Three top tips on helping disadvantaged children catch up  

Holly Carlyle
Thursday, July 9, 2020

Many children have lost out on education during the pandemic with experts raising fears that it has widened the attainment gap for disadvantaged groups.

Some campaigners have called for a catch-up programme during the summer holidays so that disadvantaged children do not return to school in September too far behind. Here, Holly Carlyle offers three top tips on how to best support the remote online learning of disadvantaged children.

  • A safe environment

The most important first step when providing young people, especially more vulnerable pupils, with online learning provisions is creating a completely safe environment. They need to have the freedom to explore a subject themselves, without encountering adult or dangerous content that could upset or harm them. This should not mean limiting them, they should still have a broad range of content to access so they can delve as far into a subject as they like.

Additionally, the content must be curated and checked by professional editors. Incorrect or deliberately false information can be incredibly harmful to a child’s learning progression, even more so if they are vulnerable.

  • Mixed-media content

Young people learn in a multitude of different ways and as such need access to multiple different media when learning. Whilst reading text is an important part of the learning process it can be incredibly frustrating for diverse learners if this is the sole format of content.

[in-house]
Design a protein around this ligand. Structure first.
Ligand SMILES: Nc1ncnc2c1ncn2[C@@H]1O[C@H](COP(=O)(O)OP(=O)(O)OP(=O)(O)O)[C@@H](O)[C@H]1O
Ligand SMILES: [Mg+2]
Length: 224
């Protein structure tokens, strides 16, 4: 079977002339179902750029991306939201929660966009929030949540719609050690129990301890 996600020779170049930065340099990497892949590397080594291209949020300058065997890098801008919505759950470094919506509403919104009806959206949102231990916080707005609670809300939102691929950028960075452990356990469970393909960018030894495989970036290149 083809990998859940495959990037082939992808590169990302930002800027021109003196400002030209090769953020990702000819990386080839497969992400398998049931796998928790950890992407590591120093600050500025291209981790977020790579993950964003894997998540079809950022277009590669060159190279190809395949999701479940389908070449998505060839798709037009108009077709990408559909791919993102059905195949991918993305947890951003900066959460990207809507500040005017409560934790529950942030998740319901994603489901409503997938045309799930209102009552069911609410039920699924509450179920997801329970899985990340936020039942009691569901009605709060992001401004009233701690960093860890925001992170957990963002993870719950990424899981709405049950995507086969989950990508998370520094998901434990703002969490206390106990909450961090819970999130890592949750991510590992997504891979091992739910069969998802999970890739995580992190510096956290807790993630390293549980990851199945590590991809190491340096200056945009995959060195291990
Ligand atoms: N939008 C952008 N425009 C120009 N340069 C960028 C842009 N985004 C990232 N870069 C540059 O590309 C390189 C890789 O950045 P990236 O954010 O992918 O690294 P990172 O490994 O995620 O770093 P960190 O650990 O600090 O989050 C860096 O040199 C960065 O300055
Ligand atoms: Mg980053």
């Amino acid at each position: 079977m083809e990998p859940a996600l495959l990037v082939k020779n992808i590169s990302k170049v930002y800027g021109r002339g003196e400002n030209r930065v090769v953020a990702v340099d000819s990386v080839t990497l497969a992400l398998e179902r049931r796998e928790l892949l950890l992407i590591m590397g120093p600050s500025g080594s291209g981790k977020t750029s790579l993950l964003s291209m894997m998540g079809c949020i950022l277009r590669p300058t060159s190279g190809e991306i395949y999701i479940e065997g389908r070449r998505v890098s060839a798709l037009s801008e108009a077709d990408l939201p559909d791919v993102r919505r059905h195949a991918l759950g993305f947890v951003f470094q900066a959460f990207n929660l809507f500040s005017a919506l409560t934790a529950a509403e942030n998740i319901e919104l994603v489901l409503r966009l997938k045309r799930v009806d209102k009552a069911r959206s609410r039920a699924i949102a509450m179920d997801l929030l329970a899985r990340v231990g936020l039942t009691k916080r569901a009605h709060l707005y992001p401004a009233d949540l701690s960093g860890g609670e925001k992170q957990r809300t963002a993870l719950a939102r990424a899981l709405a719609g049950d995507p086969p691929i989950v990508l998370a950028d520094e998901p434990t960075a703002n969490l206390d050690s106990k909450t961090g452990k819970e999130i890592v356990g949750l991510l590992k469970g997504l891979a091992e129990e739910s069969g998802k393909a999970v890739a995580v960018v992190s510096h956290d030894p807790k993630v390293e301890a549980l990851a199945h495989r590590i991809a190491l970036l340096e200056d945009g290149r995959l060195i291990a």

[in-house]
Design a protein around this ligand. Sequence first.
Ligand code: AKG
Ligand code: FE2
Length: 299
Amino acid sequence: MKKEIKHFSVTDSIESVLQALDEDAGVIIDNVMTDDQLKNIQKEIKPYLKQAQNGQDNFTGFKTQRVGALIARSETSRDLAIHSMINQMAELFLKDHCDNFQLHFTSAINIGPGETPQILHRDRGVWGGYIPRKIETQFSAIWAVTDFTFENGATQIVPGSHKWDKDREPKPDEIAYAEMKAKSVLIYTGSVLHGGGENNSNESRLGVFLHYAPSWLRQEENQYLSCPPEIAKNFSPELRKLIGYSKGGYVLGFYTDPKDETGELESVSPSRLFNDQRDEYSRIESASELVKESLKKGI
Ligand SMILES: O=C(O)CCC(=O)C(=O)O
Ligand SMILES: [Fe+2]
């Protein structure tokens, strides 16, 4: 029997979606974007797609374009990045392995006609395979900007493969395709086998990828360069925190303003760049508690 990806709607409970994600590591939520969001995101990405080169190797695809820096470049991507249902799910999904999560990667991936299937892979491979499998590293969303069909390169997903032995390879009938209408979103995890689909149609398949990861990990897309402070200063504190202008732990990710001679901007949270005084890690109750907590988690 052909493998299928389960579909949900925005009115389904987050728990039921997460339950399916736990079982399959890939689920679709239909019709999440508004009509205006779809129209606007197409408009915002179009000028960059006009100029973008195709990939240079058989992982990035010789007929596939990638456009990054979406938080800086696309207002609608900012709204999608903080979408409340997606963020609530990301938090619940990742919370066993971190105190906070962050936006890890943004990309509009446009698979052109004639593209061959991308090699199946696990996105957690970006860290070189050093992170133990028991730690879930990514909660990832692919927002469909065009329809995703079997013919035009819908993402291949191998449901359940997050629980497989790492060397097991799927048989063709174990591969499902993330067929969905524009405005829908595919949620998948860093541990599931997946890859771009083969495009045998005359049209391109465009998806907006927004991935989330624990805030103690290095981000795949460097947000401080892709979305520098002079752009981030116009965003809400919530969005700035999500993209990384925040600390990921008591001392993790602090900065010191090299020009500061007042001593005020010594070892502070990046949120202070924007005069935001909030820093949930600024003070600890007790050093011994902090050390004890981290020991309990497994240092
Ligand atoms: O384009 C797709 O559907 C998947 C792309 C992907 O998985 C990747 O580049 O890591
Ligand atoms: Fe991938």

By including audio and video into your remote learning content you are ensuring that you are catering to each student rather than simply to one style of learner. This is critical, as students need to be kept engaged, and if they are struggling to connect with the content on offer it is unlikely that they will be, which will in turn affect their learning.

  • Literacy tools

Resources which also include literacy tools such as a ‘read aloud’ function and translation tool can support learners of all abilities and needs. Disadvantaged children may have often undergone a lot of challenges, and as a result their learning and progress can be affected; it is important to utilise literacy tools to enable them to access content and catch up independently. It can be quite daunting having to consistently ask for help, if tools like a ‘read aloud’ function are provided to young people they have the freedom to instruct themselves and build their self-confidence, whilst having equal access to the same content as their peers.

This is essential to help those with any learning challenges and to provide some structure and stability, enabling students to maintain their progress and development.

Learning resources which offer curriculum-aligned content using various trustworthy videos, images and audio all within the platform, give students the freedom to explore resources and have fun without fear of encountering unsafe internet content. This will ensure that they are fully supported in their learning and able to build their independent learning skills, helping to maintain their natural curiosity and spark a true love of learning.

Holly Carlyle is curriculum specialist at Britannica

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